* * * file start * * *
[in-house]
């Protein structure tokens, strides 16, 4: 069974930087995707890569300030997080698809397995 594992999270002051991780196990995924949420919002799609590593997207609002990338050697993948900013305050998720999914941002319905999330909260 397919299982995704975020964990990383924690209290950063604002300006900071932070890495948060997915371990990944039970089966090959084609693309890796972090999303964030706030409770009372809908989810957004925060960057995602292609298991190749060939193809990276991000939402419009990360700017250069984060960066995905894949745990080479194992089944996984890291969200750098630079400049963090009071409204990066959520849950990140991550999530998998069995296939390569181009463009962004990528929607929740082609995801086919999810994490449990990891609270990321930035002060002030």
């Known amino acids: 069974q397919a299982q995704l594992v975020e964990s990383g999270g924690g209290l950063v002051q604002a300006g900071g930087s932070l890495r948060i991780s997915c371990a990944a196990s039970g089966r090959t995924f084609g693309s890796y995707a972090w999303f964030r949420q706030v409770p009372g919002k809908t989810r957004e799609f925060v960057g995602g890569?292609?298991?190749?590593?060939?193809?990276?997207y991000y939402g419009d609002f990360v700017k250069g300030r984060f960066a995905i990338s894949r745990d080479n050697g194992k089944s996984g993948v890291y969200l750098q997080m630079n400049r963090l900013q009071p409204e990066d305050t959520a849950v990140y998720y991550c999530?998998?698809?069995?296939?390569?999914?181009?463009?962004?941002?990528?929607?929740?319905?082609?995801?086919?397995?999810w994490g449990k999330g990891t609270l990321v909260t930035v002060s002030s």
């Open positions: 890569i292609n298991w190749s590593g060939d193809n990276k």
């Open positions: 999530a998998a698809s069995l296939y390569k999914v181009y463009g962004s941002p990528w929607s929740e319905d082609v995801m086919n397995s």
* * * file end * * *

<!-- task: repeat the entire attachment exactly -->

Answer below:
[in-house]
């Protein structure tokens, strides 16, 4: 069974930087995707890569300030997080698809397995 594992999270002051991780196990995924949420919002799609590593997207609002990338050697993948900013305050998720999914941002319905999330909260 397919299982995704975020964990990383924690209290950063604002300006900071932070890495948060997915371990990944039970089966090959084609693309890796972090999303964030706030409770009372809908989810957004925060960057995602292609298991190749060939193809990276991000939402419009990360700017250069984060960066995905894949745990080479194992089944996984890291969200750098630079400049963090009071409204990066959520849950990140991550999530998998069995296939390569181009463009962004990528929607929740082609995801086919999810994490449990990891609270990321930035002060002030």
């Known amino acids: 069974q397919a299982q995704l594992v975020e964990s990383g999270g924690g209290l950063v002051q604002a300006g900071g930087s932070l890495r948060i991780s997915c371990a990944a196990s039970g089966r090959t995924f084609g693309s890796y995707a972090w999303f964030r949420q706030v409770p009372g919002k809908t989810r957004e799609f925060v960057g995602g890569?292609?298991?190749?590593?060939?193809?990276?997207y991000y939402g419009d609002f990360v700017k250069g300030r984060f960066a995905i990338s894949r745990d080479n050697g194992k089944s996984g993948v890291y969200l750098q997080m630079n400049r963090l900013q009071p409204e990066d305050t959520a849950v990140y998720y991550c999530?998998?698809?069995?296939?390569?999914?181009?463009?962004?941002?990528?929607?929740?319905?082609?995801?086919?397995?999810w994490g449990k999330g990891t609270l990321v909260t930035v002060s002030s």
């Open positions: 890569i292609n298991w190749s590593g060939d193809n990276k």
């Open positions: 999530a998998a698809s069995l296939y390569k999914v181009y463009g962004s941002p990528w929607s929740e319905d082609v995801m086919n397995s």